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The number of girls choosing to take computing at GCSE level has increased for the second year in a row.
The number of female candidates has increased year on year, from 15,046 in 2018 to 17,158 in 2019, with girls now making up 21.4% of UK GCSE computing entries.
Vinous Ali, associate director of policy at techUK, said: “It is encouraging to see more young women taking computing at GCSE this year, recognising the importance and value of the qualification. With new and emerging technologies changing the world of work, a solid foundation in computing will undoubtedly be useful in the future.”
When it comes to higher-level grades in computing, girls outperformed boys – 24.9% of girls got a 7/A grade in the subject as opposed to 20.8% of boys, and 66.2% of girls received a 4/C grade or above as opposed to 61.7% of boys.
The number of students who received a 7/A grade this year increased for both genders, and overall entries for computing increased year on year overall, with a total of 80,027 candidates in 2019 as opposed to 74,621 last year.
Russ Shaw, founder of Tech London Advocates and Global Tech Advocates, said: “A shortage of talent is always cited as the single biggest challenge facing tech companies. The UK needs to produce more home-grown talent to meet demand. Today’s GCSE results, which show an increase in STEM [science, technology, engineering and mathematics] students, is very encouraging.
“What is particularly significant is the increase in girls studying STEM subjects, which paints an optimistic future for the tech industry, which has struggled to increase its gender diversity.”
But Ali of techUK pointed out the “enthusiasm” for computing and other STEM subjects needs to carry on growing among both genders.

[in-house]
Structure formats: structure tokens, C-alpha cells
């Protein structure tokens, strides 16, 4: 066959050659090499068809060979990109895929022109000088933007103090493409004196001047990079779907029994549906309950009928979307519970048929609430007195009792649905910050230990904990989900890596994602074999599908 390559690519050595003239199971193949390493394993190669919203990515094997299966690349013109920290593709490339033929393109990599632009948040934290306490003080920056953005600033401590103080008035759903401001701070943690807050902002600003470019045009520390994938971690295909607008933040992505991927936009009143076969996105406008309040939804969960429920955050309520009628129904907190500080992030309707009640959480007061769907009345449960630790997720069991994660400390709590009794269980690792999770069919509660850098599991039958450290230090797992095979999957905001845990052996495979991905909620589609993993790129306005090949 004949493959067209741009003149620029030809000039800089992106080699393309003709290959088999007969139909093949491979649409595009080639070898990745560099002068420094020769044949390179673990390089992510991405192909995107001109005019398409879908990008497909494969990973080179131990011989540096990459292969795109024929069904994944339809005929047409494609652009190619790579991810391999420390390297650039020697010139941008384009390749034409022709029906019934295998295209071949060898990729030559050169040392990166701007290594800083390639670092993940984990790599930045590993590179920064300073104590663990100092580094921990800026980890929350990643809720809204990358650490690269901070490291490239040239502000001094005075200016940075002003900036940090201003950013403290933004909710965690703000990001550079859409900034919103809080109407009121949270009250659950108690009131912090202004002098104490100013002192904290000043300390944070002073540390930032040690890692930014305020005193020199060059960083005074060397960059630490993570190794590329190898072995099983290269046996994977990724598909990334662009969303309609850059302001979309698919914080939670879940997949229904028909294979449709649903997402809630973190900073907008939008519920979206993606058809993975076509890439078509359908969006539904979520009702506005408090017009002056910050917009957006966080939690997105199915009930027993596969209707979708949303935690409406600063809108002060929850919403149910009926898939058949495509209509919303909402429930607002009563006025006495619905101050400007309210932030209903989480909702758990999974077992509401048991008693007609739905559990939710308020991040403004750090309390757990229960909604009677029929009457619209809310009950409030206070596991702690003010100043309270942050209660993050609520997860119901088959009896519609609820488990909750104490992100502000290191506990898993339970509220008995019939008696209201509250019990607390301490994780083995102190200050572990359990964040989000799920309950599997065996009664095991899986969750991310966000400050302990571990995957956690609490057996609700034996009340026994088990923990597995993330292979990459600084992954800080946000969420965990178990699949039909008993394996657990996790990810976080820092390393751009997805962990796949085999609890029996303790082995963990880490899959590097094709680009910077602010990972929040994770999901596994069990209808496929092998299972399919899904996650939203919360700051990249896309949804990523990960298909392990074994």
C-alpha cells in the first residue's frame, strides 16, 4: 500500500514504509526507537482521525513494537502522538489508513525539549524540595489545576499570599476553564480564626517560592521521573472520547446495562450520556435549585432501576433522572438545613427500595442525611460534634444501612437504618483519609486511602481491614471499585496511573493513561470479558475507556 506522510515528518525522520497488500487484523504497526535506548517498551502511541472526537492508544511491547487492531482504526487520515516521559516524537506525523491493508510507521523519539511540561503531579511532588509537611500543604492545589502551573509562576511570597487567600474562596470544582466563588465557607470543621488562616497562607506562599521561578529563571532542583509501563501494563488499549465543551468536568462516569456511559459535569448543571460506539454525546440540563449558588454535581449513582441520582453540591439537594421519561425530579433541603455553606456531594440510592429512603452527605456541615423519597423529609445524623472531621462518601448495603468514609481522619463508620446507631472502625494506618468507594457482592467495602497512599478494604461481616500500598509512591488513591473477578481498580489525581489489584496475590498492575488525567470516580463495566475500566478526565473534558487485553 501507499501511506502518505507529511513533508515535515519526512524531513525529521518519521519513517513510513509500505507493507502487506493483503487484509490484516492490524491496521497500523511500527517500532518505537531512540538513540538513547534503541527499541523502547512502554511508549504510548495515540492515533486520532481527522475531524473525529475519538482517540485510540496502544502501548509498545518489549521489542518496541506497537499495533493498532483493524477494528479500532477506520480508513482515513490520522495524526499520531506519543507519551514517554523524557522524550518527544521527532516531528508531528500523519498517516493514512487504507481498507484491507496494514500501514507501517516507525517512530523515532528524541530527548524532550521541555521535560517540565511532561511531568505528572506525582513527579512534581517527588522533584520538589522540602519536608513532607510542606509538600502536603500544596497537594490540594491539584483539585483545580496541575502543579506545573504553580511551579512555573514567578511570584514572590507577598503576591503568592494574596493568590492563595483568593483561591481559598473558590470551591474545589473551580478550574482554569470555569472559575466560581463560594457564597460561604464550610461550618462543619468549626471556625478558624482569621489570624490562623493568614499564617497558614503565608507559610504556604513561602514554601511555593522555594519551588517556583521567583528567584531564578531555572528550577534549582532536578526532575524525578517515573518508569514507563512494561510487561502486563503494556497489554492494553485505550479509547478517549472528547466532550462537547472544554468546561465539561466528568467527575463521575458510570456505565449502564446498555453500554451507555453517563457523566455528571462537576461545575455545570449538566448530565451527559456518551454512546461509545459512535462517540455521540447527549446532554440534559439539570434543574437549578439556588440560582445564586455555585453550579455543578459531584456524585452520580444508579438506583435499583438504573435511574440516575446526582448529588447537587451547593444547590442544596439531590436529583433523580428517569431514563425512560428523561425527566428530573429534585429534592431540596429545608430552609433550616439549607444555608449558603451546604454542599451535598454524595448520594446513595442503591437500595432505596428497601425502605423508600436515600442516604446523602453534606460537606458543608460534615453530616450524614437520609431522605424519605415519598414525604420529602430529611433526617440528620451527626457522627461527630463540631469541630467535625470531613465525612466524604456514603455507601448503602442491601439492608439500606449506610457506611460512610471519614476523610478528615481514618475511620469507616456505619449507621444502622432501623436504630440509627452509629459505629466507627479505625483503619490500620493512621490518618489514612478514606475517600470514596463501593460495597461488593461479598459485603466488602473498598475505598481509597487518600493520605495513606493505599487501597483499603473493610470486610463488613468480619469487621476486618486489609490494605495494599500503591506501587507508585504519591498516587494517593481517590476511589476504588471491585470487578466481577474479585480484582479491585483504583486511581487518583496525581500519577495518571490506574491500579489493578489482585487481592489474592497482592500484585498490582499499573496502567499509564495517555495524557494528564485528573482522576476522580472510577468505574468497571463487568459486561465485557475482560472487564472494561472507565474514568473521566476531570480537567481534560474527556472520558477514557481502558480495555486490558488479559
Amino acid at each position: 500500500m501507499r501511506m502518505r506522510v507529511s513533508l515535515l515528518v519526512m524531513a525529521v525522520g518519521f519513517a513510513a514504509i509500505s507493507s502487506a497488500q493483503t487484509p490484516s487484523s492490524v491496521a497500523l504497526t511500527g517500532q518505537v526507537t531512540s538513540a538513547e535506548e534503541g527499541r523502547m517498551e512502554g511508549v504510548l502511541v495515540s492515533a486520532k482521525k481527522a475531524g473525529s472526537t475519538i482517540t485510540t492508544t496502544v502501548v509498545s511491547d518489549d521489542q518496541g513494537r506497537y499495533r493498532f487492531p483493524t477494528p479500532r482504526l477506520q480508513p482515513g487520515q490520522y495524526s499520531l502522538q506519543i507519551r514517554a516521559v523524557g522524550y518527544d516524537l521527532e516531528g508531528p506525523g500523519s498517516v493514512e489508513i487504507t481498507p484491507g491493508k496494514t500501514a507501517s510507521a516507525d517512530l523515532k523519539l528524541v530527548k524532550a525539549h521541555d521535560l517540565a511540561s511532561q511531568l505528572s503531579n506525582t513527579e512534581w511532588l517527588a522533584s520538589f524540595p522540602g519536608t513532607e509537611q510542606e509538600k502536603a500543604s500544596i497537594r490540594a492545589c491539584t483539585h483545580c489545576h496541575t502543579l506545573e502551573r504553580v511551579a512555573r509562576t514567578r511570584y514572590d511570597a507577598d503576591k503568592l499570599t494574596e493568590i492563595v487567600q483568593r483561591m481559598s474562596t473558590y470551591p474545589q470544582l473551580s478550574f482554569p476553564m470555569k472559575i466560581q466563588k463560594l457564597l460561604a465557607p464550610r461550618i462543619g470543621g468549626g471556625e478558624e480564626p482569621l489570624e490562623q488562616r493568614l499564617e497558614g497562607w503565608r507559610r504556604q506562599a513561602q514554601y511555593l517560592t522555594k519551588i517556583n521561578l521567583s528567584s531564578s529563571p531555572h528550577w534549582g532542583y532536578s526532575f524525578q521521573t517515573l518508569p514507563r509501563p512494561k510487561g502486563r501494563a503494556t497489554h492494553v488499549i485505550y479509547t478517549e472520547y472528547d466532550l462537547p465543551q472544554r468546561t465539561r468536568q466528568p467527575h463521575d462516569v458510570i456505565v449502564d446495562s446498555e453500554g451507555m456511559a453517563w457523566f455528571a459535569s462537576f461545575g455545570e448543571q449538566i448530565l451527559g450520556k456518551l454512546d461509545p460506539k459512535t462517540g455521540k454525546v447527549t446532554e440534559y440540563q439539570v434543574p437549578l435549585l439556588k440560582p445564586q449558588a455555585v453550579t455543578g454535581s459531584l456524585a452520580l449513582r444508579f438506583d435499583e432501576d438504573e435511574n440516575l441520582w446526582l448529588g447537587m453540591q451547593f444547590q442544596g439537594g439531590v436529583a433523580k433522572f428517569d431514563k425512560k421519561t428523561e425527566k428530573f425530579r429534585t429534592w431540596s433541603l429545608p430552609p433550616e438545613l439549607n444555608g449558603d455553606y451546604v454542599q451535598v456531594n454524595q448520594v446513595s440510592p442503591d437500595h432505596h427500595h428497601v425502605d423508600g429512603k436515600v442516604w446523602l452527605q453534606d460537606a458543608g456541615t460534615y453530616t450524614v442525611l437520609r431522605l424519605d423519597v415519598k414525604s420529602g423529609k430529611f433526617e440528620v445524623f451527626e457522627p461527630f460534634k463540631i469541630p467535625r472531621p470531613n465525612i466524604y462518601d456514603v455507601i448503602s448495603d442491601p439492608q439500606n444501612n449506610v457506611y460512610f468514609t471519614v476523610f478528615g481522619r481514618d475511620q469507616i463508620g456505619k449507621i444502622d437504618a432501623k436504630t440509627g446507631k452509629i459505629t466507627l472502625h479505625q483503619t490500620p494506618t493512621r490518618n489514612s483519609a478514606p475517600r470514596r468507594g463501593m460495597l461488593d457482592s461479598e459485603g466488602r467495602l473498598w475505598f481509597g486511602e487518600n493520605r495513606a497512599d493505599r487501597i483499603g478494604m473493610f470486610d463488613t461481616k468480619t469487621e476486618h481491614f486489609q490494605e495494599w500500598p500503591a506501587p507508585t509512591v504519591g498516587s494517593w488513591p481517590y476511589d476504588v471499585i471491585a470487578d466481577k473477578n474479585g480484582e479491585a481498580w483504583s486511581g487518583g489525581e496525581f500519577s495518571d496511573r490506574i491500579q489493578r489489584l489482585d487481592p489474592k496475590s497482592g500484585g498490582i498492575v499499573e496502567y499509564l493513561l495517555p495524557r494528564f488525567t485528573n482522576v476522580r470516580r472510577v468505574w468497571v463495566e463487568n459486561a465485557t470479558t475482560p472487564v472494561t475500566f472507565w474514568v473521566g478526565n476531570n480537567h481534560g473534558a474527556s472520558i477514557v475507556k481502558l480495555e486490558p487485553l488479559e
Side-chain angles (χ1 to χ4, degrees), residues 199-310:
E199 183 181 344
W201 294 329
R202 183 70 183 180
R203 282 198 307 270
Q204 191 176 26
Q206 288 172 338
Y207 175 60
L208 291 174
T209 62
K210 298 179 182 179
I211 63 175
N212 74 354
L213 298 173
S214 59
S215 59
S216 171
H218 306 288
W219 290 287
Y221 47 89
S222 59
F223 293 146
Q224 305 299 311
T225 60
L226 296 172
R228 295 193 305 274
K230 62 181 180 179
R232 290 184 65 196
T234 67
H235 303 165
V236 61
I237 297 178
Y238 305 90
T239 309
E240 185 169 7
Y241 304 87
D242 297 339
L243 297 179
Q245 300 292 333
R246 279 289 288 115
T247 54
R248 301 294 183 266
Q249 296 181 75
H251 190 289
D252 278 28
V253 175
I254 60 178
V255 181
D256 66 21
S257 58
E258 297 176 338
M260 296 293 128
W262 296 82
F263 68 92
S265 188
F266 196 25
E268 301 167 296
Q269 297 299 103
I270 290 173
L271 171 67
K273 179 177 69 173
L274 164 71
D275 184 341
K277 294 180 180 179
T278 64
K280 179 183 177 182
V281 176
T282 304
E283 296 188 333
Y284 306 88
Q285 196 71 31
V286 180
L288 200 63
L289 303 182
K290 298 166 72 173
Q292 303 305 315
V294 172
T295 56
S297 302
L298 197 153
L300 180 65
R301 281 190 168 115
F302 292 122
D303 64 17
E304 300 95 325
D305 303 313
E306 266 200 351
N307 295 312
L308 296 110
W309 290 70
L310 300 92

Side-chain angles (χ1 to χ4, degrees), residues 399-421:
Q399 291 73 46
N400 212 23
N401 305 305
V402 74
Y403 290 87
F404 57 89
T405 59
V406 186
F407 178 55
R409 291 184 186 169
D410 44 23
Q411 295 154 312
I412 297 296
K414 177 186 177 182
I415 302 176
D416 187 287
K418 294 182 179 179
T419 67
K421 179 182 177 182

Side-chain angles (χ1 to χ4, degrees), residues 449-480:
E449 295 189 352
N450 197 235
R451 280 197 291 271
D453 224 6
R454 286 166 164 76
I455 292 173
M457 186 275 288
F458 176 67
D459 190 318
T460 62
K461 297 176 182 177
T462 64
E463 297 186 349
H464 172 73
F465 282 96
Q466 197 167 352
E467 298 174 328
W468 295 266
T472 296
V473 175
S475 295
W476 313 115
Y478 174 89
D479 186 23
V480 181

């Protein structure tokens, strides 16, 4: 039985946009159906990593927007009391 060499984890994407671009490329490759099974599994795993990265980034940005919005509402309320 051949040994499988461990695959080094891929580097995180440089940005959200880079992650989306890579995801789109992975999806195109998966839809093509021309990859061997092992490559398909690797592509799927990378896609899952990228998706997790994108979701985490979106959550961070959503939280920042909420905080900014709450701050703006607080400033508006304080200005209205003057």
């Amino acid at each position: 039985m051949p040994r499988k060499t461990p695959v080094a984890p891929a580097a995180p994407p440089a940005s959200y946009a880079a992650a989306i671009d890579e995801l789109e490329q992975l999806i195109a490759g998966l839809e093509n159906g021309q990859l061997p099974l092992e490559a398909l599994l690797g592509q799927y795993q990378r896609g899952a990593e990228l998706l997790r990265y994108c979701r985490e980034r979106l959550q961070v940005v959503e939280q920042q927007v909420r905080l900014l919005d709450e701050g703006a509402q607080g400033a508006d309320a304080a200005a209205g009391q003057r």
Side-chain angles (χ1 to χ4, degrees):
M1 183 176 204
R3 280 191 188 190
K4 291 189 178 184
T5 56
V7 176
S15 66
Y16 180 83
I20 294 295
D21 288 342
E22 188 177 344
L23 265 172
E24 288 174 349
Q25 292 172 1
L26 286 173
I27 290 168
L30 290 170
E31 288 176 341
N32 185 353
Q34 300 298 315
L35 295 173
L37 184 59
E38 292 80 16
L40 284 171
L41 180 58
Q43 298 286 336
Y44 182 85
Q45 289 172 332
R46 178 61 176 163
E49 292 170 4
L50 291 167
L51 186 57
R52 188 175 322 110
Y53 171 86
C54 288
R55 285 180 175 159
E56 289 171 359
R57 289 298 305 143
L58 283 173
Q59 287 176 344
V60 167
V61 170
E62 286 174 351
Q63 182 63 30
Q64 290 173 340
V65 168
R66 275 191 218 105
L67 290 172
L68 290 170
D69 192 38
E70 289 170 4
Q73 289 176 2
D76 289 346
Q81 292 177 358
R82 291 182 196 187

While there was a similar upward trend in the number of girls choosing to take GCSE computing last year, the technology industry remained hopeful yet sceptical, with many worried this trend will not continue into higher levels of education such as A-Level.
In the past, girls have claimed they regret not taking STEM subjects for longer, with many dropping STEM subjects due to industry and social stereotypes, then realising later these subjects would have been useful for their future careers.
The subject of ICT is being phased out, and as such saw a significant drop in the number of GCSE entrants this year, from 55,589 in 2018 to 9,515 this year, although some are in two minds about whether or not the subject should leave the curriculum.
When it comes to other STEM subjects, there was an increase in students choosing to take maths at GCSE level, as well as an increase in double-award science.
The three sciences – physics, chemistry and biology – have typically seen a gender gap when it comes to higher grades, with boys traditionally achieving higher grades in physics and chemistry, and girls achieving higher grades in biology.
There was a noticeable closing of this gap in 2019 – while boys still performed better in physics, girls are increasingly performing better overall.
In chemistry, girls outperformed boys when it came to higher grades, with 45.3% achieving at least a 7/A grade as opposed to 43% of male candidates who took the subject.
A higher percentage of girls still achieved higher grades than boys in biology, but the gap is closing here too – while 44.3% of female candidates received at least 7/A grade, 40.5% of boy received the same in this traditionally female subject.
Helen Wollaston, CEO of campaign for gender equality in STEM at WISE, said: “I’m pleased to see the 14% rise in girls getting GCSE in computing. We saw the same increase last year, which shows steady progress, taking the female percentage up to 21%.
“But it worries me that so many more boys are still choosing this subject. With at least 82% of advertised openings requiring some level of digital skills, computing is as fundamental as English and maths in terms of getting a decent job.”
Regardless of gender, the technology industry is keen to increase the number of people with technology and STEM skills across the UK to plug growing skills gaps.
But there are concerns over whether the UK’s computing curriculum is capable of filling this gap fast enough, and other provisions are being made to ensure technology talent external to the UK will still be available after Brexit.
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